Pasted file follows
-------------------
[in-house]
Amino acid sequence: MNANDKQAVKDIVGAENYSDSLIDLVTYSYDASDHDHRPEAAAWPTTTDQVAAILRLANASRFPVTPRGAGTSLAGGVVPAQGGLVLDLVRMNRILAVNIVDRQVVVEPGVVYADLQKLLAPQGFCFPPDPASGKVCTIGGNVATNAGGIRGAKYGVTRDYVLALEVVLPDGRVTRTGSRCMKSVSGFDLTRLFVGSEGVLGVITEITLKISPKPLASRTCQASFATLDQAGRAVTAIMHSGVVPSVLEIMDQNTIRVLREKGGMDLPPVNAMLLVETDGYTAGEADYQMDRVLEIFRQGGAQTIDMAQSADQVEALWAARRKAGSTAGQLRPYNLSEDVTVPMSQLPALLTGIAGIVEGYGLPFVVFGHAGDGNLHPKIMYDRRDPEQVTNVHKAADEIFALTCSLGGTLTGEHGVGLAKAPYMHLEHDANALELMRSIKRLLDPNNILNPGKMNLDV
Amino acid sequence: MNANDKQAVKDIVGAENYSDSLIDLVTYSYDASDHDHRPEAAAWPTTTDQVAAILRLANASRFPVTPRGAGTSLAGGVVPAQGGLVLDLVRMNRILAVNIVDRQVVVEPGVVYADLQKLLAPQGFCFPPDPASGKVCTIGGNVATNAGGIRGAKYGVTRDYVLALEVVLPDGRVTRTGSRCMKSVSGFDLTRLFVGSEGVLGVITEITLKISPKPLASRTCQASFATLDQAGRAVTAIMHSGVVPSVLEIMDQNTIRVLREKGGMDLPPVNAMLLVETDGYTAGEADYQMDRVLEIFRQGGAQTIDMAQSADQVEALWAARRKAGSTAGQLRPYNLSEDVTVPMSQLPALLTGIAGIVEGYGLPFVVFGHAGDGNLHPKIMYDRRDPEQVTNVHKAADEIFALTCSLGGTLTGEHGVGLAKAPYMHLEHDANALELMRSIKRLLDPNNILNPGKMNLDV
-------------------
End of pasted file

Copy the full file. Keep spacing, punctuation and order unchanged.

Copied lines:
[in-house]
Amino acid sequence: MNANDKQAVKDIVGAENYSDSLIDLVTYSYDASDHDHRPEAAAWPTTTDQVAAILRLANASRFPVTPRGAGTSLAGGVVPAQGGLVLDLVRMNRILAVNIVDRQVVVEPGVVYADLQKLLAPQGFCFPPDPASGKVCTIGGNVATNAGGIRGAKYGVTRDYVLALEVVLPDGRVTRTGSRCMKSVSGFDLTRLFVGSEGVLGVITEITLKISPKPLASRTCQASFATLDQAGRAVTAIMHSGVVPSVLEIMDQNTIRVLREKGGMDLPPVNAMLLVETDGYTAGEADYQMDRVLEIFRQGGAQTIDMAQSADQVEALWAARRKAGSTAGQLRPYNLSEDVTVPMSQLPALLTGIAGIVEGYGLPFVVFGHAGDGNLHPKIMYDRRDPEQVTNVHKAADEIFALTCSLGGTLTGEHGVGLAKAPYMHLEHDANALELMRSIKRLLDPNNILNPGKMNLDV
Amino acid sequence: MNANDKQAVKDIVGAENYSDSLIDLVTYSYDASDHDHRPEAAAWPTTTDQVAAILRLANASRFPVTPRGAGTSLAGGVVPAQGGLVLDLVRMNRILAVNIVDRQVVVEPGVVYADLQKLLAPQGFCFPPDPASGKVCTIGGNVATNAGGIRGAKYGVTRDYVLALEVVLPDGRVTRTGSRCMKSVSGFDLTRLFVGSEGVLGVITEITLKISPKPLASRTCQASFATLDQAGRAVTAIMHSGVVPSVLEIMDQNTIRVLREKGGMDLPPVNAMLLVETDGYTAGEADYQMDRVLEIFRQGGAQTIDMAQSADQVEALWAARRKAGSTAGQLRPYNLSEDVTVPMSQLPALLTGIAGIVEGYGLPFVVFGHAGDGNLHPKIMYDRRDPEQVTNVHKAADEIFALTCSLGGTLTGEHGVGLAKAPYMHLEHDANALELMRSIKRLLDPNNILNPGKMNLDV